Monday, March 9, 2009

hello, spring

When the sun shines in Boulder, Colorado, people come alive. Springtime signals change, and reminds me that living and working on Pearl Street is one of the best things in the world. I would recommend it to anyone. When I can steal Dixie from the office and walk her to the Espressoria for a latte and then a stroll down Pearl, I notice how colorful and delicate Boulder really is. Being downtown is effortless. It is small, compact, and easily accessible. So when the first whispers of springtime air blow gently across the park at the Nature Conservancy next to my house, or through the open garage door at the Cup, Boulder and its residents wake up. We emerge from our winter skin, shedding our woolen scales and donning breezy shorts and flip flops. Although this winter was short, warm, and practically snow-less across the Front Range, the coming springtime feels just as refreshing as ever, primarily for reasons to come.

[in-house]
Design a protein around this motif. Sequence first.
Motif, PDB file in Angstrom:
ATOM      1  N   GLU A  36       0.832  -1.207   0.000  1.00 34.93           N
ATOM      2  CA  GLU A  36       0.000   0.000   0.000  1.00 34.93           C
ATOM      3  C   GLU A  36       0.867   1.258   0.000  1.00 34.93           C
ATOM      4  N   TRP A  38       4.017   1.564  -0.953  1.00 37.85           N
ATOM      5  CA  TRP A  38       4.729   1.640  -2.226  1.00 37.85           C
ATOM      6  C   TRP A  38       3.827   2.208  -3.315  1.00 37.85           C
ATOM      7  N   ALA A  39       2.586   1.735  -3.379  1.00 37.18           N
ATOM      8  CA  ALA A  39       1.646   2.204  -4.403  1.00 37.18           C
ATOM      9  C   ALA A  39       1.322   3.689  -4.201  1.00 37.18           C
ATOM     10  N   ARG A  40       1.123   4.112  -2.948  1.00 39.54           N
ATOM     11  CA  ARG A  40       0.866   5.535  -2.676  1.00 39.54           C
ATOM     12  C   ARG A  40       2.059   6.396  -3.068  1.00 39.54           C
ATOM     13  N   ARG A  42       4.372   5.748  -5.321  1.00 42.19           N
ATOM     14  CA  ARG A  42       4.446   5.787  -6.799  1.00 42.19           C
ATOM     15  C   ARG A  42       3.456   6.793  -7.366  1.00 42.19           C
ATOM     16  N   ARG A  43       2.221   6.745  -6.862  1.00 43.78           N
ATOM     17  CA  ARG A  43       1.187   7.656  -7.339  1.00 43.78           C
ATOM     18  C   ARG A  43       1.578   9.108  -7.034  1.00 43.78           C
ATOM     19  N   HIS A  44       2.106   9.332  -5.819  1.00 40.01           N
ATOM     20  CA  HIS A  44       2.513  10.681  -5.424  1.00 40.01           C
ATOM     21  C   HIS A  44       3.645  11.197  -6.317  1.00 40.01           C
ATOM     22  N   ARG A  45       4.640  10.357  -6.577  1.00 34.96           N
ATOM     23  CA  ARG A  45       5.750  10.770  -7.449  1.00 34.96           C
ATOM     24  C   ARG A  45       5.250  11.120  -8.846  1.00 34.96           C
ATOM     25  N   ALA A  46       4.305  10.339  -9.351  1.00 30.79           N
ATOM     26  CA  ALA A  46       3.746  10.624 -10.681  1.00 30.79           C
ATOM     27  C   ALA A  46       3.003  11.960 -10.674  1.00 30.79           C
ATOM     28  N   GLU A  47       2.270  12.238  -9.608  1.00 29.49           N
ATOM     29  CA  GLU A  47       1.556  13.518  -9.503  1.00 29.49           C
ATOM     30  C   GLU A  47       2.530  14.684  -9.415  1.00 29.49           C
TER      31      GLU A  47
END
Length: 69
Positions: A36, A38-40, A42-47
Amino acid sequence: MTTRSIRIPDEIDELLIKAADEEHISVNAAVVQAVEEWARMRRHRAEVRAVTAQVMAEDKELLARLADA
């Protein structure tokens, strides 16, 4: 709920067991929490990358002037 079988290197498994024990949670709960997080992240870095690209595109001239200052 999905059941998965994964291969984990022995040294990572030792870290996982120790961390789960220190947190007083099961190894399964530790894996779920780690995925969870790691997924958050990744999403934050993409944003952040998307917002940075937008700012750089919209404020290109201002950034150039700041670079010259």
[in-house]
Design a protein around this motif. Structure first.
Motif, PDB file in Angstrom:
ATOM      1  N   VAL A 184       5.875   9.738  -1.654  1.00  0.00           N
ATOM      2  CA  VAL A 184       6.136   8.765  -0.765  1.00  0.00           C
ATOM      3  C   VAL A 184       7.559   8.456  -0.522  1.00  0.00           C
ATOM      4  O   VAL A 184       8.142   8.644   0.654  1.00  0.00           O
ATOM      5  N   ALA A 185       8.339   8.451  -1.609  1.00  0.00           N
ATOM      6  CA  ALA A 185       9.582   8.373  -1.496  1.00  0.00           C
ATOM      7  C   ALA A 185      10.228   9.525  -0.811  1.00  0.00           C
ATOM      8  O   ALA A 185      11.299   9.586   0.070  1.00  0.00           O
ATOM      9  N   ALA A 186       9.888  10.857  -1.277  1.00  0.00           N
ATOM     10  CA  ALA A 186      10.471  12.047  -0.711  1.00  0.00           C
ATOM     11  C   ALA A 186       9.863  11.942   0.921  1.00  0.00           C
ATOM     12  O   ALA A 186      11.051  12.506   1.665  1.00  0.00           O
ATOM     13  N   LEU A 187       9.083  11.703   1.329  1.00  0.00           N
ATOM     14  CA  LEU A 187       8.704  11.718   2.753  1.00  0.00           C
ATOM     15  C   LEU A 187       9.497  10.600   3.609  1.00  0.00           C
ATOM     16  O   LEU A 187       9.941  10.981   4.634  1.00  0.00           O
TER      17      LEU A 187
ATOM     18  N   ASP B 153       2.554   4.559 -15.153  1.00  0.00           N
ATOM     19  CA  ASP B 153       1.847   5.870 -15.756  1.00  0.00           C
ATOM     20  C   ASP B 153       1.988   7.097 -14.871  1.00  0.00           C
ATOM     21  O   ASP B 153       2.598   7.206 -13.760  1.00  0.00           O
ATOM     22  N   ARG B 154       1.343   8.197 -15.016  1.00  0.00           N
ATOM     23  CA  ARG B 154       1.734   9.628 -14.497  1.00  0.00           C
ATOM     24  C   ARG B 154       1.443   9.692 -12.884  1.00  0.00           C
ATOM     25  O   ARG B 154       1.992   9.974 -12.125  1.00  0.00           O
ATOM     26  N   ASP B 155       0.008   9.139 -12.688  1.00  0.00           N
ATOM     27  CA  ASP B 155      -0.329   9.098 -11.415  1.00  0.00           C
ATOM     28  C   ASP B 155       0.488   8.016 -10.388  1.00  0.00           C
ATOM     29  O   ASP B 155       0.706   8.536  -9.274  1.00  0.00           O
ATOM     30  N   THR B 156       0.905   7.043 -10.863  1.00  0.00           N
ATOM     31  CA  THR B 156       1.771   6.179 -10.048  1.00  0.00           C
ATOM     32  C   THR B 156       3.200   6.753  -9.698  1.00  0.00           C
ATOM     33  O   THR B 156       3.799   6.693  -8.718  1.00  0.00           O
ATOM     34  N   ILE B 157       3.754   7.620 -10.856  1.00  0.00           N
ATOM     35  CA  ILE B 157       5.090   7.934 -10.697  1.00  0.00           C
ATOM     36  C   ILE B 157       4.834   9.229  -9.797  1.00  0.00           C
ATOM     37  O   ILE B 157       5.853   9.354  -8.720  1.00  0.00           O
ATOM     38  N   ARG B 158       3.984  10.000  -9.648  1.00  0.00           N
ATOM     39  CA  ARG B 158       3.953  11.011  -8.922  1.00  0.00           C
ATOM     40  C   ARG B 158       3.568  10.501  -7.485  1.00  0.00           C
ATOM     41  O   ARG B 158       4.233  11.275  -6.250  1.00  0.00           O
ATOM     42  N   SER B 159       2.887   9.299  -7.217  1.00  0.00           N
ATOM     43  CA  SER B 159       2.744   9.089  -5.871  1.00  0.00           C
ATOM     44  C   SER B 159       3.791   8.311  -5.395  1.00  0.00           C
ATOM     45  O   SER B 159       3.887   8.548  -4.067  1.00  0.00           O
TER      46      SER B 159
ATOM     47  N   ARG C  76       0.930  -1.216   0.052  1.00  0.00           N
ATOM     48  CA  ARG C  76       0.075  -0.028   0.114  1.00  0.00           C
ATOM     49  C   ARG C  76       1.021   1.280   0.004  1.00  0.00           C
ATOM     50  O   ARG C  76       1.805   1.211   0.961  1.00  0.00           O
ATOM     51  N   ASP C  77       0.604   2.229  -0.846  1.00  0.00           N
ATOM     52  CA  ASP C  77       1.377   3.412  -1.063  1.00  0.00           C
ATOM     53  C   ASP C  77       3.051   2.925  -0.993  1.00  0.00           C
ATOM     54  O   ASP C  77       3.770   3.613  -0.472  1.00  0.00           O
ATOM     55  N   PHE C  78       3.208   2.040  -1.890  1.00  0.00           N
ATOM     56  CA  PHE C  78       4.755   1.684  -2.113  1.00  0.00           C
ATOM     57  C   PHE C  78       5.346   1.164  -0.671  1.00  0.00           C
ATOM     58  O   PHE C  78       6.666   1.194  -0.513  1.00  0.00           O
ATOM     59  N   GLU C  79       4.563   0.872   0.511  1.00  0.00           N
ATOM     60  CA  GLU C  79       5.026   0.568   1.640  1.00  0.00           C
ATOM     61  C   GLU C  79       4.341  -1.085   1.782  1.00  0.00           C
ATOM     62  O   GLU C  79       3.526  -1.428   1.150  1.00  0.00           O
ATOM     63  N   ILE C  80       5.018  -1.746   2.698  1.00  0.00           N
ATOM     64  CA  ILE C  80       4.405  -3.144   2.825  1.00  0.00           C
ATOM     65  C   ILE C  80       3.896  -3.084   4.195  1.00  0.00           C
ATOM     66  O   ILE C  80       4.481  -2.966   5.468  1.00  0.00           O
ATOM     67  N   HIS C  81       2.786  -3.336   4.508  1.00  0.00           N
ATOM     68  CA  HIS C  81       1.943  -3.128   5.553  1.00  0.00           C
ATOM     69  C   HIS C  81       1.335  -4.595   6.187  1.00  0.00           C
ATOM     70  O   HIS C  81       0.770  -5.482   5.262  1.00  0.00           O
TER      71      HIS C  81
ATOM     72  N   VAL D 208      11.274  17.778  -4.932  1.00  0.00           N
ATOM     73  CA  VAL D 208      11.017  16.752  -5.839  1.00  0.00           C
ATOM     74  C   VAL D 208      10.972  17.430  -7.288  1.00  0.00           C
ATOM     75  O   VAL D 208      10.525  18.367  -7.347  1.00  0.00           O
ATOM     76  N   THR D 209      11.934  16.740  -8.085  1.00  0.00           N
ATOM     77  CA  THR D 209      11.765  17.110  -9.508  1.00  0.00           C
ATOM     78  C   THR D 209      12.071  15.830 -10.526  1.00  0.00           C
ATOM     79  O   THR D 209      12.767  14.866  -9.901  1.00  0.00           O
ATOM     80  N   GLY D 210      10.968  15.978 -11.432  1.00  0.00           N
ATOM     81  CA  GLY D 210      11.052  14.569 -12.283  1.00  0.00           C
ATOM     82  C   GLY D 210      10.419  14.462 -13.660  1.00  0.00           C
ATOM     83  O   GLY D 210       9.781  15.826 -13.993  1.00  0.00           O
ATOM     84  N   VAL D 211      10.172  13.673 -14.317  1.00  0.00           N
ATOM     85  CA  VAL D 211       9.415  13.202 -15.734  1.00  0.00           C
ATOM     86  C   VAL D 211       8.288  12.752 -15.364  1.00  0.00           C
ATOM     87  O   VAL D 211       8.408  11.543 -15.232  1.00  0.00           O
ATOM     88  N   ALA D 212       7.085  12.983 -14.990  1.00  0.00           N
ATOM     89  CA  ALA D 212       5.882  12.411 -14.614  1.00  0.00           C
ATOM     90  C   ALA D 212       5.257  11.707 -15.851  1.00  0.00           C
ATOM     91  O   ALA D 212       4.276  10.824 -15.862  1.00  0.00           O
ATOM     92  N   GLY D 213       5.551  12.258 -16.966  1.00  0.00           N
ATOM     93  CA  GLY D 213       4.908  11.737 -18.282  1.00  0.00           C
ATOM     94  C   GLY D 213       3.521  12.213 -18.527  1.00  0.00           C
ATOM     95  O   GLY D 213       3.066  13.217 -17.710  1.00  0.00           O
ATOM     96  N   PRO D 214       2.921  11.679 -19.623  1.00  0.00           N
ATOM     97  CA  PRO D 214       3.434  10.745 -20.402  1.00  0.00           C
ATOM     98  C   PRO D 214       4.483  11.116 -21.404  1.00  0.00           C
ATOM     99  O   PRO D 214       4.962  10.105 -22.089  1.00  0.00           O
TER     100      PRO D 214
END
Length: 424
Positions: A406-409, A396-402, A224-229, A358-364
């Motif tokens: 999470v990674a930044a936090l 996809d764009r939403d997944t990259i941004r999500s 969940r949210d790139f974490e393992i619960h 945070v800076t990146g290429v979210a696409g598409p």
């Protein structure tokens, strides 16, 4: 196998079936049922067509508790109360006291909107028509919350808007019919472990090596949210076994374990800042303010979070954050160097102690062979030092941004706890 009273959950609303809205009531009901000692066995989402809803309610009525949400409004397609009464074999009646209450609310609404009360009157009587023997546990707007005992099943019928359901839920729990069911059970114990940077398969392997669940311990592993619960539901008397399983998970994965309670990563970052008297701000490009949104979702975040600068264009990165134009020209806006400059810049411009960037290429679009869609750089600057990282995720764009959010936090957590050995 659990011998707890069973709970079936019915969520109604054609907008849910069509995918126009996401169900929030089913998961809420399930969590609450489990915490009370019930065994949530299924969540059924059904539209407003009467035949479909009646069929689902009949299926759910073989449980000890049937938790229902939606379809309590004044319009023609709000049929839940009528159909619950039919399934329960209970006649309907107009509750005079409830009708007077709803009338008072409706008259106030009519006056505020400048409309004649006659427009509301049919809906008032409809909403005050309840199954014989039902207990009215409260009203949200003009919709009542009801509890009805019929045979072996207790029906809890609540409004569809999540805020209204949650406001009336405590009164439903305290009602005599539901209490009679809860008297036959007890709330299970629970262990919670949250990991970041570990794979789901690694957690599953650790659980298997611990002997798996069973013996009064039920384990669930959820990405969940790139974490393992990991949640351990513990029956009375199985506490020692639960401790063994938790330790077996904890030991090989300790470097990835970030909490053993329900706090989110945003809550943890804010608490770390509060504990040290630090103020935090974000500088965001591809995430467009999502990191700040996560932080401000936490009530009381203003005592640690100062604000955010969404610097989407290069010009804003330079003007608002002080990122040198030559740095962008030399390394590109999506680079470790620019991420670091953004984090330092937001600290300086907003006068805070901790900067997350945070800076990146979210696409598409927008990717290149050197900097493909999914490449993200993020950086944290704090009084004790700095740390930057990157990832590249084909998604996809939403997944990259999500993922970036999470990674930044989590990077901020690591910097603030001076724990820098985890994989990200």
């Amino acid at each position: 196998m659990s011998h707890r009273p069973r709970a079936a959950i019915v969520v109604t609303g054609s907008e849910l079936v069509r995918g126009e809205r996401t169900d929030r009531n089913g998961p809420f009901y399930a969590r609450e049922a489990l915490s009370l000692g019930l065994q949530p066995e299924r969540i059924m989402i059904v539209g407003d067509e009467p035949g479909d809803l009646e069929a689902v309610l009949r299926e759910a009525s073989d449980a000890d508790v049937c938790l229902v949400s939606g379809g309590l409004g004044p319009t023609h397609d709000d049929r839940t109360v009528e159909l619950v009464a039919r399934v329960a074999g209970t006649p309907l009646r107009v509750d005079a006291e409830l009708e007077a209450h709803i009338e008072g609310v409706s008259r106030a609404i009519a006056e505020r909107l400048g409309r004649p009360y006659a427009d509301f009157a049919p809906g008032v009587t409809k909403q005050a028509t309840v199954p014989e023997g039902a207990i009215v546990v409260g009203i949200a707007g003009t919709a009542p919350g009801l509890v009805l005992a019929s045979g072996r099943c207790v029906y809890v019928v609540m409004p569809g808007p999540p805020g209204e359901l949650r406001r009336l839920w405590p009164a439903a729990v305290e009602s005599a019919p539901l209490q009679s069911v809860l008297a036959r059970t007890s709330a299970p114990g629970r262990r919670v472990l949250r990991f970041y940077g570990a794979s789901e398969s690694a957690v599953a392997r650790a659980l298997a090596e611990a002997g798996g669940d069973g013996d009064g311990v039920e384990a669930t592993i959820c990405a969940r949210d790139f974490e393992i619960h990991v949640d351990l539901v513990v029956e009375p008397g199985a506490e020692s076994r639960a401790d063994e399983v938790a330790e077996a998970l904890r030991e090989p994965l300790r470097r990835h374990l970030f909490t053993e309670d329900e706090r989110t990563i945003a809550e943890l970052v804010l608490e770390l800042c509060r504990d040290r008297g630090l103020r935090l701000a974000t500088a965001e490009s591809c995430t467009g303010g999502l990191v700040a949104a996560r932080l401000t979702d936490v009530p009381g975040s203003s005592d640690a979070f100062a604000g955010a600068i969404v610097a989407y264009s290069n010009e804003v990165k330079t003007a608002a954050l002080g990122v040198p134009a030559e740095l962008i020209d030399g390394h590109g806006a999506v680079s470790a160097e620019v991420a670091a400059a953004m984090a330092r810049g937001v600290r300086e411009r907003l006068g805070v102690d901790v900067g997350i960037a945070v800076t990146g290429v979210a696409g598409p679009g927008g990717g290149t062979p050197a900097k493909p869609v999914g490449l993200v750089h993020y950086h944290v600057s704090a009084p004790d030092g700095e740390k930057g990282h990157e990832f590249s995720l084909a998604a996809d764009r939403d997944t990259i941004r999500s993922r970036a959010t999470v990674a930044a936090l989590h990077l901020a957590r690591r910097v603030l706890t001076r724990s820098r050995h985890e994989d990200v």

Something I crave more than anything right now is change. Lucky for me, springtime is the quintessential sign of change coming. This spring, most everything will start to shift- I will graduate college, move to Seattle in the fall, say goodbye to old friends, meet some new ones, wake up in a different room than I have for the past two years, appreciate a whole different kind of weather, and love a whole different kind of town. Moving to a city is something that scares and excites me all at once- I have lived, worked, and learned in about a 15 block radius for the past four years. Everything I need is within a 10 minute bus ride or a five minute bike ride. Pearl Street has been the setting for everything I have ever looked for- spirit, movement, simplicity, and sunshine. It has been home to my favorite memories- the Rio rooftop for Margaritas with Sara, the Mountain Sun for a beer after work at the Cup, riding my cruiser bike, or walking up and down the pedestrian mall, sharing a conversation with a good friend. My poetry professor always taught me to refine my understanding of place: that is, where the poem thrives, where it functions, where it breathes. Boulder has shaped my sense of place for four years, and that place is about to change. The city and all of its rain will newly redefine where I thrive, function, and breathe, and I couldn’t be more excited.

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